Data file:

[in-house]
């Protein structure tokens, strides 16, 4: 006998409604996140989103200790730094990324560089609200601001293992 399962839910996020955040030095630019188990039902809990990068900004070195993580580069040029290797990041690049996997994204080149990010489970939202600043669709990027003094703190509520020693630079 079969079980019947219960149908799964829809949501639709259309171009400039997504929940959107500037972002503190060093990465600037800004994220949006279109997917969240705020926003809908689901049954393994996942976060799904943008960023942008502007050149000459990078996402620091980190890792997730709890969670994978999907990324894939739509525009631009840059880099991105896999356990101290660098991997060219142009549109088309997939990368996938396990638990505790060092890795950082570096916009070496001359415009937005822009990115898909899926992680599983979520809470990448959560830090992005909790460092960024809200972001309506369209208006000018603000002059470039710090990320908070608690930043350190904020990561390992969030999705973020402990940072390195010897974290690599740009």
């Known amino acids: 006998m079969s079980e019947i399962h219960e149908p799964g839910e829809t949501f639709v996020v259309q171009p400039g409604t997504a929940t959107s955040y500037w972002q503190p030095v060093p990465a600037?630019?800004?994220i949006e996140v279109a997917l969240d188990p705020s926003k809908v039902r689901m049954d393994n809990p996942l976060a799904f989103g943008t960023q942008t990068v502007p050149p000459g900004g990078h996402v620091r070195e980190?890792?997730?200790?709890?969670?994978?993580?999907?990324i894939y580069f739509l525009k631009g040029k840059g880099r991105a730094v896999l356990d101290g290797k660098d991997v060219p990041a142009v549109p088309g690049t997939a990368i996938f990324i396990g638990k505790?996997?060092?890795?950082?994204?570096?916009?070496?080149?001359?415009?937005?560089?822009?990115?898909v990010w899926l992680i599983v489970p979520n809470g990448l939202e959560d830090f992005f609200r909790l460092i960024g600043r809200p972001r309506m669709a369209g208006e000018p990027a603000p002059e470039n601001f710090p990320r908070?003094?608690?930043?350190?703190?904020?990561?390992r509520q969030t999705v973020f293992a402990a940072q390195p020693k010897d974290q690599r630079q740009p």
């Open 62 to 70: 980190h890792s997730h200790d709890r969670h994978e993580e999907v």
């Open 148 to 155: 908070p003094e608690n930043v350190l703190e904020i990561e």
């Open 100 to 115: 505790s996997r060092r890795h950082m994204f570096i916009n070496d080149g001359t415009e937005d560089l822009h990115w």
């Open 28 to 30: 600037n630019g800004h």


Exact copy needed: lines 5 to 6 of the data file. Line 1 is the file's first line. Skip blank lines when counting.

């Open 148 to 155: 908070p003094e608690n930043v350190l703190e904020i990561e």
């Open 100 to 115: 505790s996997r060092r890795h950082m994204f570096i916009n070496d080149g001359t415009e937005d560089l822009h990115w």